13. Remaining Problems • - Nonpoint discharges of pollutants are the greatest impediments to • achieving national goals of water quality. • - About three-fourths of the water pollution in the United States comes from • soil erosion, fallout of air pollutants, and surface runoff from urban areas, • farm fields, and feedlots. • - Loading of both nitrates and phosphates in surface water have decreased • from point sources but have increased about four-fold since 1972 from • nonpoint sources. • - Fossil fuel combustion has become a major source of nitrates, sulfates, arsenic, cadmium, mercury, and other toxic pollutants.

    14. Surface Waters in Other Countries • Japan, Australia, and most of Western Europe also have improved surface water • quality in recent years. • Sewage treatment in the wealthier countries of Europe generally equals or surpasses • that in the United States. • The fall of the "iron curtain" in 1989 revealed appalling environmental conditions • in much of the former Soviet Union and it's satellite states in eastern and central • Europe. • The countries closest geographically and socially to western Europe, the Czech • Republic, Hungry, East Germany, and Poland have made massive investments and • encouraging progress towards cleaning environmental problems. • There are some encouraging pollution control stories (e.g. Minimata Bay in Japan • and the Rhine river). • The less-developed countries of South America, Africa, and Asia have even worse • water quality than do the poorer countries of Europe. • - Sewage treatment is either totally lacking or woefully inadequate. • - In urban areas 95% of all sewage is discharged untreated into rivers, lakes, or the • ocean. • - Low technological capabilities and little money for pollution control are made • even worse by burgeoning populations, rapid urbanization, and the shift of much • heavy industry from developed countries.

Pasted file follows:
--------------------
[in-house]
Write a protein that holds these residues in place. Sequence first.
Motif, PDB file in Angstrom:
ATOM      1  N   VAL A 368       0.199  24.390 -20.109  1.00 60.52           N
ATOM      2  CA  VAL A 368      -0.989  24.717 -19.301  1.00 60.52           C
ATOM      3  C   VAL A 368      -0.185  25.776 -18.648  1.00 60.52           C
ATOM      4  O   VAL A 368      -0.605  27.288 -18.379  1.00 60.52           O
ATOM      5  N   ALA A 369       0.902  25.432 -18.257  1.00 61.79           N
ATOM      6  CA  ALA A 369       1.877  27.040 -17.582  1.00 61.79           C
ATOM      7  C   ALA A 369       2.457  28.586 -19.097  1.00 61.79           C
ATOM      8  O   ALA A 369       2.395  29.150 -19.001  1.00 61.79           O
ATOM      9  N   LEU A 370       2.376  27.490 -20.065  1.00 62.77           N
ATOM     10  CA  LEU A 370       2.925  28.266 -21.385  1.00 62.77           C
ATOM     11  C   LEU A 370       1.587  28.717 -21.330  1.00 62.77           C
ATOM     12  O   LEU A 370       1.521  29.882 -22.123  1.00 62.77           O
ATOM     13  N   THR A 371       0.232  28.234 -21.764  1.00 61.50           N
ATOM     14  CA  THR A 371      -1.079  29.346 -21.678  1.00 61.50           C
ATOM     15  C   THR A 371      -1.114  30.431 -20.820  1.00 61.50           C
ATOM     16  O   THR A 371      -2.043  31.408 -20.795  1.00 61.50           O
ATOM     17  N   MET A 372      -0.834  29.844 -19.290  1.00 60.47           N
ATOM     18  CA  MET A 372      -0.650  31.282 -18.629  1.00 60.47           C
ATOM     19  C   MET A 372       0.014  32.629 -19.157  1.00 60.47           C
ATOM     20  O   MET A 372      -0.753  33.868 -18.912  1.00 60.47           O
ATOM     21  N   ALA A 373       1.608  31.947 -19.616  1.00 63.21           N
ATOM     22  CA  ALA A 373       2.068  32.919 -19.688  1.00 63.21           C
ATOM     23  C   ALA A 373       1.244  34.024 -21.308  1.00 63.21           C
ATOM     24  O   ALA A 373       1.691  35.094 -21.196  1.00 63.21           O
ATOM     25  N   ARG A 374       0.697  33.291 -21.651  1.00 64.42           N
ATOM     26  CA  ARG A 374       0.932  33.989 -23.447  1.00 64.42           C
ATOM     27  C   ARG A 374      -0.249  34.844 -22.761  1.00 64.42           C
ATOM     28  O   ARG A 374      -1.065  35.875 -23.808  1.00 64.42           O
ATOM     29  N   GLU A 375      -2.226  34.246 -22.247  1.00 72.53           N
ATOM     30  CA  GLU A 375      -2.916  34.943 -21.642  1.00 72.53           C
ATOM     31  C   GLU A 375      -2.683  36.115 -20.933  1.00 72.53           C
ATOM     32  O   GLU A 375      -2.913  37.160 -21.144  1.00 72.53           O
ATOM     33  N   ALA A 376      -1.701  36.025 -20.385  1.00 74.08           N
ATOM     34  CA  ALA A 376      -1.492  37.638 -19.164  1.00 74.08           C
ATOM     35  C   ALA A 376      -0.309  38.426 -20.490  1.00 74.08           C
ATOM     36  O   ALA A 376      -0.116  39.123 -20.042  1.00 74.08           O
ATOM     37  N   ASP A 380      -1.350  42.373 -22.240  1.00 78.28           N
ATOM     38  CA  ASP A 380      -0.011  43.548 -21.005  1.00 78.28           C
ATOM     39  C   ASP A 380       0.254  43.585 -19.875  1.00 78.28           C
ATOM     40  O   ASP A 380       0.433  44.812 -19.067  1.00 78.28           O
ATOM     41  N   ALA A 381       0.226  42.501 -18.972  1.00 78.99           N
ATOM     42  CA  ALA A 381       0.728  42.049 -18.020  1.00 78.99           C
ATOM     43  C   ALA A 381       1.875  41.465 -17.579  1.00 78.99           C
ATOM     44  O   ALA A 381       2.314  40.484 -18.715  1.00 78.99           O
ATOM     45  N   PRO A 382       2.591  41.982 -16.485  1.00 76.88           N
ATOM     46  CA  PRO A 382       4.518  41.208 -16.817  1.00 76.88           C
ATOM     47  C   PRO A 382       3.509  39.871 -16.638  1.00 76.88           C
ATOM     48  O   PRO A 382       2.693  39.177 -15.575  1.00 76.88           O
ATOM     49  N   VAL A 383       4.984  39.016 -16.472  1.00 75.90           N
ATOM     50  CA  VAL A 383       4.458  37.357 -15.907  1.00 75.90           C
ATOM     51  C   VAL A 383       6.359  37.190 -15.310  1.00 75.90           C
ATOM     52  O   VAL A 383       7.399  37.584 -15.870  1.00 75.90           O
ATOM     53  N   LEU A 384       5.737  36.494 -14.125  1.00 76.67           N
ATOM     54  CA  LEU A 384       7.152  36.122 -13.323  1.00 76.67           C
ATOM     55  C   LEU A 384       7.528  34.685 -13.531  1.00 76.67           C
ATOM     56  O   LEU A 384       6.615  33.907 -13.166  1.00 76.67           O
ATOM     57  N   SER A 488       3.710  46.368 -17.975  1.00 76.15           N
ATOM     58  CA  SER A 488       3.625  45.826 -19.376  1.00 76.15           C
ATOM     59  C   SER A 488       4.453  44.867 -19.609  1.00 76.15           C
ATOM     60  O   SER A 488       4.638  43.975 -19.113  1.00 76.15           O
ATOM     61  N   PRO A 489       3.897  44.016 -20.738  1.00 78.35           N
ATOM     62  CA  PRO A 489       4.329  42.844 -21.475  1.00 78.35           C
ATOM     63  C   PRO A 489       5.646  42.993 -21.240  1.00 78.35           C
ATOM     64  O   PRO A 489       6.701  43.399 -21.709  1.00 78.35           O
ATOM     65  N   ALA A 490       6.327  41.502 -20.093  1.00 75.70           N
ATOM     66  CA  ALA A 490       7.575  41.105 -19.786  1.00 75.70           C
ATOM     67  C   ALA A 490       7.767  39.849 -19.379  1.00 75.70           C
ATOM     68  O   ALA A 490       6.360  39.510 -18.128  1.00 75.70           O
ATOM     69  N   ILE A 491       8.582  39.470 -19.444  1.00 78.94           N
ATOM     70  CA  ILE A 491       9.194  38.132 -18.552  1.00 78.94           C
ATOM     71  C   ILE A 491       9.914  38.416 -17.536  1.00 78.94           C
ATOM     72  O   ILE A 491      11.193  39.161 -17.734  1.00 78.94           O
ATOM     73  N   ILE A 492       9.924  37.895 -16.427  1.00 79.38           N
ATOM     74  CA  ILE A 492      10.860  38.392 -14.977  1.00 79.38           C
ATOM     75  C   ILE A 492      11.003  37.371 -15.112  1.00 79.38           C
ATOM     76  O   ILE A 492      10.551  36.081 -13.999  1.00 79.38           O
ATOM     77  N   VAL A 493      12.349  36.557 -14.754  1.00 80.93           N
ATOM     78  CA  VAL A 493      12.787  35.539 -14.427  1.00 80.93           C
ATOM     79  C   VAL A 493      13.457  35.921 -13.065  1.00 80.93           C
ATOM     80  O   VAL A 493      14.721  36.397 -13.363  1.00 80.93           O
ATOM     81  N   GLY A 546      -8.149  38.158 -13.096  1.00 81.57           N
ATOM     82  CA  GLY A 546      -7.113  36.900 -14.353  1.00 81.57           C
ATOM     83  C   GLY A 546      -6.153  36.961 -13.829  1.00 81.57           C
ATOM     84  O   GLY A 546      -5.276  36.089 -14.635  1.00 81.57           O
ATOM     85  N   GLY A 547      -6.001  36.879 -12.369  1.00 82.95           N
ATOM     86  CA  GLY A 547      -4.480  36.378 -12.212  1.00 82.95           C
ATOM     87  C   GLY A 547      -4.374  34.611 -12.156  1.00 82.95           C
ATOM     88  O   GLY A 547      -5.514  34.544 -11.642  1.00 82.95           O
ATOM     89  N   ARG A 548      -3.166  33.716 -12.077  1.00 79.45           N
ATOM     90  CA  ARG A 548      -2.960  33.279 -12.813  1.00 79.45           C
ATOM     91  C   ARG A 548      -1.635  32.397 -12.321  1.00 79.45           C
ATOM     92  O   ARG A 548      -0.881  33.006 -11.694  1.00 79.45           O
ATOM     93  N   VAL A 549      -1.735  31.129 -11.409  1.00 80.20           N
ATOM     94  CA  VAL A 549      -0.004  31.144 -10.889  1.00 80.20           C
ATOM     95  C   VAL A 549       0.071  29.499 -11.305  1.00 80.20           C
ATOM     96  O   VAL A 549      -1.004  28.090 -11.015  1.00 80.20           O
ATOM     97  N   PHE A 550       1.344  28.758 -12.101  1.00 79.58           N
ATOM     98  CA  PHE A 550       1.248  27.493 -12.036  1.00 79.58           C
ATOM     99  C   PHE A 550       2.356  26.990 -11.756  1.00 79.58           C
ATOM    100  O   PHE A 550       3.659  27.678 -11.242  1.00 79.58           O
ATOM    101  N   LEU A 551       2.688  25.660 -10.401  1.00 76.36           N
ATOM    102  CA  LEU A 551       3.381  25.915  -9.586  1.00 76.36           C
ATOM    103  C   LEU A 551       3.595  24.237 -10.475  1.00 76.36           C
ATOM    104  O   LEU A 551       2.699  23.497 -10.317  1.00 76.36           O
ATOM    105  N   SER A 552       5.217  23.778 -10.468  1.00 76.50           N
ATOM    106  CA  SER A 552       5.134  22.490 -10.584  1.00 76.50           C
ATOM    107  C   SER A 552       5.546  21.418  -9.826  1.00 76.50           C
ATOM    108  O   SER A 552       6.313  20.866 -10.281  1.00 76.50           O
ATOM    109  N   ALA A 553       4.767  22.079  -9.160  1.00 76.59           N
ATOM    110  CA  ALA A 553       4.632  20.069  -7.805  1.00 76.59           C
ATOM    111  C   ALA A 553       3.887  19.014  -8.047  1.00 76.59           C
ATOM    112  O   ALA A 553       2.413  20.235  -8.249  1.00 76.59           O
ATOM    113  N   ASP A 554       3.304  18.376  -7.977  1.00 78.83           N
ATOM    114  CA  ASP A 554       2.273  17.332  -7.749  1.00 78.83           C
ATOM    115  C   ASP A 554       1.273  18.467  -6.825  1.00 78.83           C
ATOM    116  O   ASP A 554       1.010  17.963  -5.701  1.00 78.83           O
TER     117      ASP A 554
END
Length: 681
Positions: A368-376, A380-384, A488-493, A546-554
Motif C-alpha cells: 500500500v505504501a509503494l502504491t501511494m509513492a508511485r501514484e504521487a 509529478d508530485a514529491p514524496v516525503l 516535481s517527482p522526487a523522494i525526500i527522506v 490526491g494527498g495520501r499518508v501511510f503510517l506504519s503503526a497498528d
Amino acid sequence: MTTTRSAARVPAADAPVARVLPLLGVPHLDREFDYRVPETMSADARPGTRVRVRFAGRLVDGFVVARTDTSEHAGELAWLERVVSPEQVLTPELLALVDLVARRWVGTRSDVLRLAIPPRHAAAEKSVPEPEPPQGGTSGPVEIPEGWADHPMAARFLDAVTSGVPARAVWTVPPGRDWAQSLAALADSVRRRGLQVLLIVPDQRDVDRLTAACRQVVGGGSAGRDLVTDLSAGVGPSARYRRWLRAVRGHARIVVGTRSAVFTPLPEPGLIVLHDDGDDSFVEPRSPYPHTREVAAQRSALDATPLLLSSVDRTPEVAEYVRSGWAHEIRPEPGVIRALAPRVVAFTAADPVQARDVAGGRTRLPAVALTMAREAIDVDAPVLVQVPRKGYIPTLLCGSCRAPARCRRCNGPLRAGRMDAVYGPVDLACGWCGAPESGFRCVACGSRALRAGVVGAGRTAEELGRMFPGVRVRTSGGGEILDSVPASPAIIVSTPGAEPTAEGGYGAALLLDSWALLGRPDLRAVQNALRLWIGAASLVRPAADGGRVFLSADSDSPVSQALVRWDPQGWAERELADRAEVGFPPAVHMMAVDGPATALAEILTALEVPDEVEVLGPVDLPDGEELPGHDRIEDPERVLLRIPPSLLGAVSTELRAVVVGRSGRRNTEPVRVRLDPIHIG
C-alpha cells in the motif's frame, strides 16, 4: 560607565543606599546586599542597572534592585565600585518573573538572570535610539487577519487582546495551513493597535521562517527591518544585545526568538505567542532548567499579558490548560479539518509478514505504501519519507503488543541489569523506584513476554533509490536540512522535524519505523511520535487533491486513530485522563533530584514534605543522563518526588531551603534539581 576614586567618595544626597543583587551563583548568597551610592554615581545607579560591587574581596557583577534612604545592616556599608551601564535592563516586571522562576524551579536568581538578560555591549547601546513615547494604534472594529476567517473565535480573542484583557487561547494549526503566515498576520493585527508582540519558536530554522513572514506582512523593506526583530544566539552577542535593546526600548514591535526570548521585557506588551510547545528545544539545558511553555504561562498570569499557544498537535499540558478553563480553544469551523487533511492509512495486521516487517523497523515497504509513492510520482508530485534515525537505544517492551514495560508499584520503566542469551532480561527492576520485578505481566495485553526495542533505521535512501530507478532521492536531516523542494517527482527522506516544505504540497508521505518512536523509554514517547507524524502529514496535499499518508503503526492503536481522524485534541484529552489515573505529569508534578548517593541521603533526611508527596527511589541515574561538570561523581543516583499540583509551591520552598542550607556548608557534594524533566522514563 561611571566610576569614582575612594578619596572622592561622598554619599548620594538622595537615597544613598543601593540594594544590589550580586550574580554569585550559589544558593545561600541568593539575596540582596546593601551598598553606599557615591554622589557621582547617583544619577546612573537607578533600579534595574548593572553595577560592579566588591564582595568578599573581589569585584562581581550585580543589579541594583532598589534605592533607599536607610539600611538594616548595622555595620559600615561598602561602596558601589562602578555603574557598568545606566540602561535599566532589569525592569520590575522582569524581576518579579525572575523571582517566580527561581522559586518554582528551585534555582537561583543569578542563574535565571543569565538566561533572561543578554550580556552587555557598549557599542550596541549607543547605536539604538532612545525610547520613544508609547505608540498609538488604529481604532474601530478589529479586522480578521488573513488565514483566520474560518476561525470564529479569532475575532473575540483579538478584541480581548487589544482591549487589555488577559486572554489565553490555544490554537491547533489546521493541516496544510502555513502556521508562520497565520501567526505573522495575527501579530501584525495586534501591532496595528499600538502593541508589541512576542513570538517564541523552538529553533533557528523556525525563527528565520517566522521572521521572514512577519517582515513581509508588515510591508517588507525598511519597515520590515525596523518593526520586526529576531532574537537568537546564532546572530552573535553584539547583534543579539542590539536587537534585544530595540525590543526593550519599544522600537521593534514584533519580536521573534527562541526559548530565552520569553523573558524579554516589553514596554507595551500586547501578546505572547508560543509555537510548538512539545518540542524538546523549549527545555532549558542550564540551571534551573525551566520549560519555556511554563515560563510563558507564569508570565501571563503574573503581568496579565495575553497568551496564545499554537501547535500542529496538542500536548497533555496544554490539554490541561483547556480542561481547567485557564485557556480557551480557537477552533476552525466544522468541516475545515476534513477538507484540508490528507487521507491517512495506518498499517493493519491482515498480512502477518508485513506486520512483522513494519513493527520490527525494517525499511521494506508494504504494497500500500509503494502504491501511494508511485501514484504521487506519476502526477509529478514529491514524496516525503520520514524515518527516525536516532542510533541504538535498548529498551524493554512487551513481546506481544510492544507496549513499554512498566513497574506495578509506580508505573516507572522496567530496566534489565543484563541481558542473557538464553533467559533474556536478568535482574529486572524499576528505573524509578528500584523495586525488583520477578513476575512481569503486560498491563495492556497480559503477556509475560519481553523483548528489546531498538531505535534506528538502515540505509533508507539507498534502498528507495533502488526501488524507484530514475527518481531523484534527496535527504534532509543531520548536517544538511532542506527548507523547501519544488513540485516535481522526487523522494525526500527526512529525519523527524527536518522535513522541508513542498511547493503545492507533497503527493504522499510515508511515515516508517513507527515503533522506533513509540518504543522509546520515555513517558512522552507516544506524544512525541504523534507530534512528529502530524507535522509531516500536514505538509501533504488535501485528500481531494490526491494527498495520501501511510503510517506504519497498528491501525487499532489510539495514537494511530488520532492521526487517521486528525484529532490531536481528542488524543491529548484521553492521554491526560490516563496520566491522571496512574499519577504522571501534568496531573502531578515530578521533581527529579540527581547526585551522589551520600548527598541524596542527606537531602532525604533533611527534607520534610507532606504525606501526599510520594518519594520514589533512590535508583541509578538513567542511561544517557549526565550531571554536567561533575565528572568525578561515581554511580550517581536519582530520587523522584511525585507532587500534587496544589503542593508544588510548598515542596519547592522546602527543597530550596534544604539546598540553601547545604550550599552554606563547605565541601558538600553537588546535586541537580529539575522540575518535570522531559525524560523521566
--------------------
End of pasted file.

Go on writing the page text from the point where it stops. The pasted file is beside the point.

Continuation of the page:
15. Groundwater and Drinking Water Supplies • About half the people in the United States, including 95 percent of • those in rural areas, depend on underground aquifers for their drinking water. • This vital resource is threatened in many areas by overuse and • pollution and by a wide variety of industrial, agricultural, and domestic contaminants. • The U.S. EPA estimates that every day some 4.5 trillion liters of • contaminated water seep into the ground in the United States from a variety of sources. • Deep underground aquifers often have residence times of thousands • of years and many contaminants are extremely stable once underground; therefore, for very large aquifers, pollution may be essentially irreversible.

    16. In farm country, especially in the Midwest's Corn Belt, fertilizers • and pesticides commonly contaminate aquifers and wells. • A great deal of soil in American cities remains contaminated by • previous careless storage and disposal of petroleum products. • In addition to groundwater pollution problems, contaminated surface • waters and inadequate treatment make drinking water unsafe in many areas. • Every year epidemiologists estimate that around 1.5 million • Americans fall ill from infections caused by fecal contamination.

    17. Ocean Pollution • Near-shore zones around the world, especially bays, estuaries, • shoals, and reefs near large cities or the mouths of major rivers often are overwhelmed by human-caused contamination. • Poisonous blooms of algae regularly deplete ocean waters of oxygen • and kill enormous numbers of fish and other marine life. • Discarded plastic flotsam and jetsam are becoming an ubiquitous • mark of human impact on the oceans. • Few coastlines in the world remain uncontaminated by oil or oil • products. • Oceanographers estimate that somewhere between 3 million and 6 • million metric tons of oil are discharged into the world's oceans each year from both land- and sea-based operations. • The transport of huge quantities of oil creates opportunities for major • pollution episodes through a combination of human and natural hazards.

    18. Water Pollution Control • Source Reduction • The cheapest and most effective way to reduce pollution is to avoid • producing it or releasing it to the environment in the first place. • Industry can modify manufacturing processes so fewer wastes are • created. • Recycling or reclaiming materials that otherwise might be discarded • in the waste stream also reduces pollution.